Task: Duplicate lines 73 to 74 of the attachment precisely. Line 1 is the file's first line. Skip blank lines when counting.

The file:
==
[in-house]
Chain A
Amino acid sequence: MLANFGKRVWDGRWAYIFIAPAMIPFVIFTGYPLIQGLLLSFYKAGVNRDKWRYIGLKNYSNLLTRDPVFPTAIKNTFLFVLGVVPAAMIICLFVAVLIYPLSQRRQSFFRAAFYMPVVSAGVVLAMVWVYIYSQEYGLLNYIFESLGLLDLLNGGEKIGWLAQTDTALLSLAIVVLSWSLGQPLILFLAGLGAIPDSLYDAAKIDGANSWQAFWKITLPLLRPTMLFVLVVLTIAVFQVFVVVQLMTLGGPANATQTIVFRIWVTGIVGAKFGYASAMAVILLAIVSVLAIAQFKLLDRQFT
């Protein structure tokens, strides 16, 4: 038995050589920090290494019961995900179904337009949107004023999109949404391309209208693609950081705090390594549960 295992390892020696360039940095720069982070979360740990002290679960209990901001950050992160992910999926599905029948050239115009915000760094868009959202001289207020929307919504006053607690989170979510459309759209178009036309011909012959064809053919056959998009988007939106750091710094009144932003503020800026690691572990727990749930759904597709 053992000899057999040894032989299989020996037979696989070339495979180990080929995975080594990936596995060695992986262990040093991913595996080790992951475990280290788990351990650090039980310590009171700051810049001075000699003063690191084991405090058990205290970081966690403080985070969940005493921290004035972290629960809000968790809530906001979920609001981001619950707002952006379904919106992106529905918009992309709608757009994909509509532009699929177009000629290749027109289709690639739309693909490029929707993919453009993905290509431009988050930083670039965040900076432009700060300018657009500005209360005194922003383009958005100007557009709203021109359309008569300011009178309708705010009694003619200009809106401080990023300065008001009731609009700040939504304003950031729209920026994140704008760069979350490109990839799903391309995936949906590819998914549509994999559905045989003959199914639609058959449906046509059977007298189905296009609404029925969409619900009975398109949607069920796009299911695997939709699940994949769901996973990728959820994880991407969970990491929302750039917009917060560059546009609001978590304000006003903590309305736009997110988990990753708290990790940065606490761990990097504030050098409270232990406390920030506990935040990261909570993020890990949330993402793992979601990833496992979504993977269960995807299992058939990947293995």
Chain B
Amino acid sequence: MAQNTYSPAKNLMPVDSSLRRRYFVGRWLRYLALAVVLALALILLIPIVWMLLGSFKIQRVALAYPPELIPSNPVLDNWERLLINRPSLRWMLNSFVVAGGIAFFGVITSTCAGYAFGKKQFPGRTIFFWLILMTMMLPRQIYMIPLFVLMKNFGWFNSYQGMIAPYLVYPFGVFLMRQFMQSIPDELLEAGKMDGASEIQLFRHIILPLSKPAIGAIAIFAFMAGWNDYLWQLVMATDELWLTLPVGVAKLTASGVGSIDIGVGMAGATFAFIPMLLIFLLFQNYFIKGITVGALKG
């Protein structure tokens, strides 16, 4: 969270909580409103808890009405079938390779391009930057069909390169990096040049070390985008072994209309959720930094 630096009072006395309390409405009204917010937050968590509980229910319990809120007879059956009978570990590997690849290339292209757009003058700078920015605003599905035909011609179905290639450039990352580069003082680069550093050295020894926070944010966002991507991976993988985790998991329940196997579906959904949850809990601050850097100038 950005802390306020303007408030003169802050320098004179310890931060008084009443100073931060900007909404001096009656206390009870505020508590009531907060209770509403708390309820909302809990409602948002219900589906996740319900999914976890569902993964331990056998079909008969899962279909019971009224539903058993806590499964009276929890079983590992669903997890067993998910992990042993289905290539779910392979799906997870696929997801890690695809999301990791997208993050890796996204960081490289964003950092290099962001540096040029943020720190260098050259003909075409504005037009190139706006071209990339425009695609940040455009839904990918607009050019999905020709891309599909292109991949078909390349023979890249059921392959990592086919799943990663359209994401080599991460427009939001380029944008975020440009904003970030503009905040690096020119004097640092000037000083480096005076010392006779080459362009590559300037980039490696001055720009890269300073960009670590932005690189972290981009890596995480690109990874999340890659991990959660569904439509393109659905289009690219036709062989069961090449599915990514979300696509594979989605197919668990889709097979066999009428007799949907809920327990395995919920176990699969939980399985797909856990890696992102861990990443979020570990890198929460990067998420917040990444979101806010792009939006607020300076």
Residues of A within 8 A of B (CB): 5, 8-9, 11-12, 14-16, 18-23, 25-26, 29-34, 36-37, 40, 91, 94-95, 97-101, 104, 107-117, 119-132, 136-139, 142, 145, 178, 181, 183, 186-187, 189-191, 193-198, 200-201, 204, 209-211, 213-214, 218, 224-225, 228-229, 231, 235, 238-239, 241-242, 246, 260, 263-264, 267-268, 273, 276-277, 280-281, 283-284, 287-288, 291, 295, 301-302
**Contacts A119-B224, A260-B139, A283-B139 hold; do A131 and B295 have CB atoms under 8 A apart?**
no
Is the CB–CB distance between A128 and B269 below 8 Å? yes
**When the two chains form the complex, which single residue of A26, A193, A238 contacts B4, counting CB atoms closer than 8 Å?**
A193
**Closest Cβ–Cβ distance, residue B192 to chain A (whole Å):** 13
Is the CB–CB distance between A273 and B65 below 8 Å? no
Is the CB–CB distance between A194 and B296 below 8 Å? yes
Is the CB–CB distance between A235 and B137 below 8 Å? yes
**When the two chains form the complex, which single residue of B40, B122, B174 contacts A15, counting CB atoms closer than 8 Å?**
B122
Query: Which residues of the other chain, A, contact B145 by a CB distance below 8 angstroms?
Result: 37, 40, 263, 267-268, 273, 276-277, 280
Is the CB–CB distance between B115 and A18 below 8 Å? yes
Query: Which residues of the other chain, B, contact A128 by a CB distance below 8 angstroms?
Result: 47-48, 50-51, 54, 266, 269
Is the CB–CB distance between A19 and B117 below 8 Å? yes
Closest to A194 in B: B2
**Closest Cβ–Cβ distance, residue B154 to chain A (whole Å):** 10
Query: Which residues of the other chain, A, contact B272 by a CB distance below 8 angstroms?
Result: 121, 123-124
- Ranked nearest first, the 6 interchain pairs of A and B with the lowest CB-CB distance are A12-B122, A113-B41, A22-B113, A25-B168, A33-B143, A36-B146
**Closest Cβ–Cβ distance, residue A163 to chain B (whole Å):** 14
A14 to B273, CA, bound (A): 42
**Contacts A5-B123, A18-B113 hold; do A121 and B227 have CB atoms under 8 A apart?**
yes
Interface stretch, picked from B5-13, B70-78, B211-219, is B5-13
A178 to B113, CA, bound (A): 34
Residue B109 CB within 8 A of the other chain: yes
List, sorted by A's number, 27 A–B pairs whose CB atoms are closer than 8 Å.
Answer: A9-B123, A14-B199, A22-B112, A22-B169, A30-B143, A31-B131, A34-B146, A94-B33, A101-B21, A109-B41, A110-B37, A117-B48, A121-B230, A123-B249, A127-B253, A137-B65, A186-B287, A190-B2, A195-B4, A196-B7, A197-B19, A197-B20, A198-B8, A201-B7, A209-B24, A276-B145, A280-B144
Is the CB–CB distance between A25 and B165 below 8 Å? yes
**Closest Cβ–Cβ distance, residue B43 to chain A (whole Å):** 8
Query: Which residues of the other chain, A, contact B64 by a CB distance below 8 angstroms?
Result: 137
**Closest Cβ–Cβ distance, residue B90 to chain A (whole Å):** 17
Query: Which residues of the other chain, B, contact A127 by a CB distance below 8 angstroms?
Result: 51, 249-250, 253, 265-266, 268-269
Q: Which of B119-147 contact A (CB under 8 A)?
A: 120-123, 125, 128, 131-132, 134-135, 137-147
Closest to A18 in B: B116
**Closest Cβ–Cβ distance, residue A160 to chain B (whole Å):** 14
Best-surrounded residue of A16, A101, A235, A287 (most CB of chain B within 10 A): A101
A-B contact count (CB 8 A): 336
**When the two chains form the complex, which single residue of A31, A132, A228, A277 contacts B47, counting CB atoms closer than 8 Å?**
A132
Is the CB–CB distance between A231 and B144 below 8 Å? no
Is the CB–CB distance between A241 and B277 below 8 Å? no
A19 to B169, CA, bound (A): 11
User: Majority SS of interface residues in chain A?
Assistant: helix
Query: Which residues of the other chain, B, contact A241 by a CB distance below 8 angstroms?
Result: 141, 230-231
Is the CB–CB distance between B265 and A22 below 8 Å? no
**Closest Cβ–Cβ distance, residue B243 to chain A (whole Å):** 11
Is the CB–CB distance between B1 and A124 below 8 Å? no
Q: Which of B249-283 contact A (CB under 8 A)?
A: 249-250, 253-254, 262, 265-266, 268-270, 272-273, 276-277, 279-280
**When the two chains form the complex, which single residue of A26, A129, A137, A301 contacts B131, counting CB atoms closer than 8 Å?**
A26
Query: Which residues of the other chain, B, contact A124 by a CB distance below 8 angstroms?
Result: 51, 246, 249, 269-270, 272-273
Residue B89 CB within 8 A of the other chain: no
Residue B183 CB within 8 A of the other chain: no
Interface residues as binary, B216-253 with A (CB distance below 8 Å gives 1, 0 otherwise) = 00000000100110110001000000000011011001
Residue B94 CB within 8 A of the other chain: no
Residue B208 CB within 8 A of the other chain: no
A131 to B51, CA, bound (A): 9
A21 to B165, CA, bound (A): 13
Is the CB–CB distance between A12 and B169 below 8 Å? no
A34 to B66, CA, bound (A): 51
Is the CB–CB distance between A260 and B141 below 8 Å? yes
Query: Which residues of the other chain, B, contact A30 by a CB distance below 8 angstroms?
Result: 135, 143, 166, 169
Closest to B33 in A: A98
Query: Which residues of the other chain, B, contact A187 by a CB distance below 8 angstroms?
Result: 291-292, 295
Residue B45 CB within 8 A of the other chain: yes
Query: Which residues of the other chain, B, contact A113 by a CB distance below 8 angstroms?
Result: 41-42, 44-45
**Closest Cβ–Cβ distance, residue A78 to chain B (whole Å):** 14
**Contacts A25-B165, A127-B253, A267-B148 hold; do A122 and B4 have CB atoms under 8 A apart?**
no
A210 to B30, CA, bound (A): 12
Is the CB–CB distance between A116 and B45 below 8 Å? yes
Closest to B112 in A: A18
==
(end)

Interface residues as binary, B216-253 with A (CB distance below 8 Å gives 1, 0 otherwise) = 00000000100110110001000000000011011001
Residue B94 CB within 8 A of the other chain: no